Profit is the goal that every business person seeks. Without profit, a business venture cannot exist. Often called the “bottom line,” it is the end product of business activity and the measurement of success of a business venture.
Simply defined, profit is the excess of income (revenue) over costs (expenses). It is computed by using an income statement. Understanding Profitability provides you insight into the concept of profitability and the elements of in income statement. Developing an Income Statement for a Value-Added Farm Business is a detailed description of creating an income statement. Analyzing an Income Statement gives you insights into the financial health of your business.
Business decisions are made based on their effect on profitability. This is true whether the decision involves increasing efficiency, lowering costs, increasing sales, expanding the business, shifting to new products or a host of other business decisions.
The search for profit is a never-ending quest of every business person. For you to be successful in business, you must join this quest. In our rapidly changing business environment, the on-going search for profit is the price you pay for staying in the game. Whatever you did to garner profits yesterday may not be sufficient tomorrow. So you run the race for profits to stay even with your competitors. If you run fast enough, you may even get ahead.
Are You Making a Profit provides you with an overview of profitability and how it is calculated, along with the accounts needed to compute profitability. To keep costs as low as reasonably possible without compromising operations, read Spending Less without Compromising Quality.
For more information on this topic, see the links listed below of articles posted on related Web sites. Also see the calculators and worksheets available on the Business Workbench.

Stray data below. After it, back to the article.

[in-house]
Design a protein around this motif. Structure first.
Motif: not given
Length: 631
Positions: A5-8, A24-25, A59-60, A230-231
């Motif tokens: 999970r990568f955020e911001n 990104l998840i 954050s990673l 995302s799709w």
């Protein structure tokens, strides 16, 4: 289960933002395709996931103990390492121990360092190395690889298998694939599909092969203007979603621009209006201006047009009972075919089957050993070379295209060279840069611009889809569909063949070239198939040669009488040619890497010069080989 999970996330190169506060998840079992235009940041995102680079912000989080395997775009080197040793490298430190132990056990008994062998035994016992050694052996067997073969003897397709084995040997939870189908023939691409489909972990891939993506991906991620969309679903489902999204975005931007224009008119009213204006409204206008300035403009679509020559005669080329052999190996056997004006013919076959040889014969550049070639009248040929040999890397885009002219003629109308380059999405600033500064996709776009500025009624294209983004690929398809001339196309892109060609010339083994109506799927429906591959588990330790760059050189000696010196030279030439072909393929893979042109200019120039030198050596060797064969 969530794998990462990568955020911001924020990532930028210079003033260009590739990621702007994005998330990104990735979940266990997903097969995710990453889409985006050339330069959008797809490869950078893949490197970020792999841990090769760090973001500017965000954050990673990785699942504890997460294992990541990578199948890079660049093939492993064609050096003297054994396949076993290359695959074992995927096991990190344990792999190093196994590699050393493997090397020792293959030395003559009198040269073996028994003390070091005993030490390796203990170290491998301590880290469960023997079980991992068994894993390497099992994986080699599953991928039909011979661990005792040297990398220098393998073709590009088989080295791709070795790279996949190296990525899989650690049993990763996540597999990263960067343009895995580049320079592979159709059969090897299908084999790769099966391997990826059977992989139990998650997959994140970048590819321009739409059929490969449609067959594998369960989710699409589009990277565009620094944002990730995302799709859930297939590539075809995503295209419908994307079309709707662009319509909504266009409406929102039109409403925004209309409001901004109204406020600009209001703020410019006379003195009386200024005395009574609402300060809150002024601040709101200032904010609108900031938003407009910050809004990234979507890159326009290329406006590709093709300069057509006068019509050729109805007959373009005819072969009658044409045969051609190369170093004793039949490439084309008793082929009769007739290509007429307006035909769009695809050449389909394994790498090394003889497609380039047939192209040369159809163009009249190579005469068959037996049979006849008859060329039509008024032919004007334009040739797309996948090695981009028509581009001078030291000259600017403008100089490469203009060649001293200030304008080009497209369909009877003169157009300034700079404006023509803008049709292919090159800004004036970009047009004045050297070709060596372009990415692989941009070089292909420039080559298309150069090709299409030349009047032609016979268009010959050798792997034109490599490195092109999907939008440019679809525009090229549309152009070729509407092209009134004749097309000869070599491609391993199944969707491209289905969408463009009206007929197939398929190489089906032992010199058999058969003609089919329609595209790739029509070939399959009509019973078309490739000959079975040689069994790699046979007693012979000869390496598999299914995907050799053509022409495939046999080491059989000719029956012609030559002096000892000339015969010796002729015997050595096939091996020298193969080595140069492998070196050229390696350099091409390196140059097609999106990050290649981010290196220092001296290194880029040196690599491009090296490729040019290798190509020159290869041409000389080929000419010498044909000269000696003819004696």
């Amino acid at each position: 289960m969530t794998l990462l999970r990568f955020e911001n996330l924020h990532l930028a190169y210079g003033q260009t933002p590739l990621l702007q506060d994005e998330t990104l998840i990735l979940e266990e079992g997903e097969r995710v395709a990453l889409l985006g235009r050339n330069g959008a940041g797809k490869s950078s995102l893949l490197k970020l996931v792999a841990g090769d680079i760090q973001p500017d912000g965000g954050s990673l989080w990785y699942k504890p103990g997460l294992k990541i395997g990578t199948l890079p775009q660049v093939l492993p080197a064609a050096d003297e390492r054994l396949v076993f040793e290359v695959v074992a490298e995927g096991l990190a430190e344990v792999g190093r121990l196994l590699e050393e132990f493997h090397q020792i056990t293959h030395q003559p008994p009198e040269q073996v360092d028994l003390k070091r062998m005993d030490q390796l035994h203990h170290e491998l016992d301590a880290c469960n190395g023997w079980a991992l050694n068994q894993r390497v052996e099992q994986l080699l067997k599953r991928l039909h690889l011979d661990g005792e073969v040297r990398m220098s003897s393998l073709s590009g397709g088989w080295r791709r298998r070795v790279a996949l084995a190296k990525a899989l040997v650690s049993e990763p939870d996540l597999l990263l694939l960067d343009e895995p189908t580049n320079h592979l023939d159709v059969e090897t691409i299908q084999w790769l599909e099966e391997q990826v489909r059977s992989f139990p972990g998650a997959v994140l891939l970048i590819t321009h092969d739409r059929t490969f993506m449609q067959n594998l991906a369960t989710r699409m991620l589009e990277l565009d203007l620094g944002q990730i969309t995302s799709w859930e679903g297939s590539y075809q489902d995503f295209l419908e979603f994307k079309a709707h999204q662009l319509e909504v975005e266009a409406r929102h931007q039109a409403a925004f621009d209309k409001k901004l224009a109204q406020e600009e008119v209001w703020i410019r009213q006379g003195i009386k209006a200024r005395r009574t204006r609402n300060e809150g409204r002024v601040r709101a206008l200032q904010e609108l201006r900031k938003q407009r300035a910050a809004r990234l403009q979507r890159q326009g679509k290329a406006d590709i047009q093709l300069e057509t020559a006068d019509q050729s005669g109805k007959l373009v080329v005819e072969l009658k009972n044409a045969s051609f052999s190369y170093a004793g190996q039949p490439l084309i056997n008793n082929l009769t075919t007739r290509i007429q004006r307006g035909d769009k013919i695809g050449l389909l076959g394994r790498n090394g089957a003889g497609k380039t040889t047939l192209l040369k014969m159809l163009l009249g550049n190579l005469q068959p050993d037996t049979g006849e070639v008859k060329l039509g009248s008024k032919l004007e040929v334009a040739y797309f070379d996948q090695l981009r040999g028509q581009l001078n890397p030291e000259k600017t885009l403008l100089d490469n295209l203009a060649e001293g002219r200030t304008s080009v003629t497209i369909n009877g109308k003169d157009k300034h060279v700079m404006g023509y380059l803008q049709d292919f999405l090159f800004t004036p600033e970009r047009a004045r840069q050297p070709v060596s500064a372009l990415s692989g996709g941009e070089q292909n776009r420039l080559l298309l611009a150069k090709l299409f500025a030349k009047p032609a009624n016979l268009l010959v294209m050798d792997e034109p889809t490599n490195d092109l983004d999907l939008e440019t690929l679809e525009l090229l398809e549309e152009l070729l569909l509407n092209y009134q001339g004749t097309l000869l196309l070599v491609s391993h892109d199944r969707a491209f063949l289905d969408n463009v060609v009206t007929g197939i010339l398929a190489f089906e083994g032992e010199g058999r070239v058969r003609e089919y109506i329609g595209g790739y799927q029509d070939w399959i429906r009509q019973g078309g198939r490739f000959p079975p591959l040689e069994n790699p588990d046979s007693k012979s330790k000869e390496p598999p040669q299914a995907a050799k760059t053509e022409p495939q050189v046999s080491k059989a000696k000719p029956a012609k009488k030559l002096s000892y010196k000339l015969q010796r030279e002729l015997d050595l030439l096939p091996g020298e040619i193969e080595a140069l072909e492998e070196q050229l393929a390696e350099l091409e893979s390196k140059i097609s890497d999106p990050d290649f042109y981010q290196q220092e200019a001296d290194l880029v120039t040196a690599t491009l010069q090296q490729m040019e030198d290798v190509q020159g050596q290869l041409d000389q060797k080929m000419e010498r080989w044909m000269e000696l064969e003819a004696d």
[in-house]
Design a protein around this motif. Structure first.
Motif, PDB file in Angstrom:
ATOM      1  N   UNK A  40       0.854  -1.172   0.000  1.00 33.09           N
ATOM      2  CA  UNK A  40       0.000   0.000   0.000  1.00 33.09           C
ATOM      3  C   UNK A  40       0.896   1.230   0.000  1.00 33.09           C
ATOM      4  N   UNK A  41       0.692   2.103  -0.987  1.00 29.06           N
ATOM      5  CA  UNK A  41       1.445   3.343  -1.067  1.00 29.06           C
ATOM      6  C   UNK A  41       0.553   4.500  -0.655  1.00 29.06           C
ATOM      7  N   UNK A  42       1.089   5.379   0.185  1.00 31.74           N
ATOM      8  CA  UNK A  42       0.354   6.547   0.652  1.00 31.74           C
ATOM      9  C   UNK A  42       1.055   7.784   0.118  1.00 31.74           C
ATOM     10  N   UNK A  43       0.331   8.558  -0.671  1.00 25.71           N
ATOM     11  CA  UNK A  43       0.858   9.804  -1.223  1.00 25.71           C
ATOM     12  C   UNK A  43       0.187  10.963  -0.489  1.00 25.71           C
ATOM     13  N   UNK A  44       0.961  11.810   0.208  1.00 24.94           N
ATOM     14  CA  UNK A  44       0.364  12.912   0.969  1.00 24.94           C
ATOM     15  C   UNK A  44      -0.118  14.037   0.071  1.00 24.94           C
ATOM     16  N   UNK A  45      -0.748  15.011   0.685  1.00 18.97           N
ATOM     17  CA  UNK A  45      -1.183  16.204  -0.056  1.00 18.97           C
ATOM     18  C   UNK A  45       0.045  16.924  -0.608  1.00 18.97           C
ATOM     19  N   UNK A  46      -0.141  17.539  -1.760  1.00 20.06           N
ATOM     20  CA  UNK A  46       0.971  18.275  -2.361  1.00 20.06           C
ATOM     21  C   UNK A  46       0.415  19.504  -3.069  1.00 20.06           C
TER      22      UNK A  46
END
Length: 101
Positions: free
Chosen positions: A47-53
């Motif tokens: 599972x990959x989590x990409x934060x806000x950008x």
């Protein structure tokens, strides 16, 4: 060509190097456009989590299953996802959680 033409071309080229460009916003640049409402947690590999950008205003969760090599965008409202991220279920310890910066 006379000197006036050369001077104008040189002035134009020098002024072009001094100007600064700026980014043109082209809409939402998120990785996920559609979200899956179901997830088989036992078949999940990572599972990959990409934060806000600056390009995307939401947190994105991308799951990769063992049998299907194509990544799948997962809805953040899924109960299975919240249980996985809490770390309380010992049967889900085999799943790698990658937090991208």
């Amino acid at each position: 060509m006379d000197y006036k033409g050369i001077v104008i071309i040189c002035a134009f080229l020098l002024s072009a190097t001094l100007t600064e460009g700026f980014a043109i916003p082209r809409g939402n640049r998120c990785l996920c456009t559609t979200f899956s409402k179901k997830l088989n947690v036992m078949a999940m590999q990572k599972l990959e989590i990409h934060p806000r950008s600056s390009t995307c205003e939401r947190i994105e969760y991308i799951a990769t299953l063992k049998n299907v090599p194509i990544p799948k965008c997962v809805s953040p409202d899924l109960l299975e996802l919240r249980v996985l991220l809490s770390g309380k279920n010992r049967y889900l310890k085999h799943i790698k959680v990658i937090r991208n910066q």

- Comparative Financial Performance of Agricultural Cooperatives and Investor-Owned Firms – Center for Cooperatives, University of California -- Studies the validity of claims that cooperatives are destroying value.
- The Profit and Loss Statement: What Does it Mean – Ohio State University Extension -- The Profit and Loss (P&L) Statement is also known as the Income Statement. It shows how well a company buys and sells inventory (or services) to make a profit.
- Profitability, Will it Make Money? – Agriculture, Food and Rural Development -- Determining profitability may be the most challenging, yet rewarding part of evaluating a new agriculture enterprise.
- The Hunt for Profits – HBS Working Knowledge -- What's a profit map? It's a shrewd way to conceptualize the relationships among your customers, products, services and transactions. There are five steps to drawing up a profit map.
- Who's Managing Profitability? – HBS Working Knowledge -- The most important issue facing most managers in this difficult economy is making more money from an existing business without costly new initiatives. Here's how to do it.
- Will My Business Make Money? – NOLO Law for All – Before you prepare a business plan, you should figure out if your business will break even.
- Income Statement; A Financial Management Tool – Texas A & M University Extension – Measures the success of the business over a period of time.
- Introducing The Income Statement – University of Florida Extension -- The income statement and its essential features are outlined in this publication.
- Income Statement – CCH Business Owner’s Toolkit -- The income statement shows you a summary of the flow of transactions your business has had over the entire accounting period.
- Income Statement – Small Business Notes -- An income statement shows all income and expense accounts over a period of time.
- A Primer on Costs – University of Idaho Extension – Four cost categories are discussed in this publication.
- Is Activity Based Costing a Blockbuster? – Clemson University Extension – Activity-based costing has been used by organizations with a great deal of success, even though only 20% recorded higher profits.
- Activity Based Costing– Center for Industrial Research and Service – Allows costs to be apportioned to products by the actual activities and resources consumed in designing, developing, producing, marketing, selling, delivering and servicing the product.
- Rethinking Activity-Based Costing – HBS Working Knowledge -- Activity-based accounting looks great in the classroom, but too often fails in the field.
Links checked July 2014.
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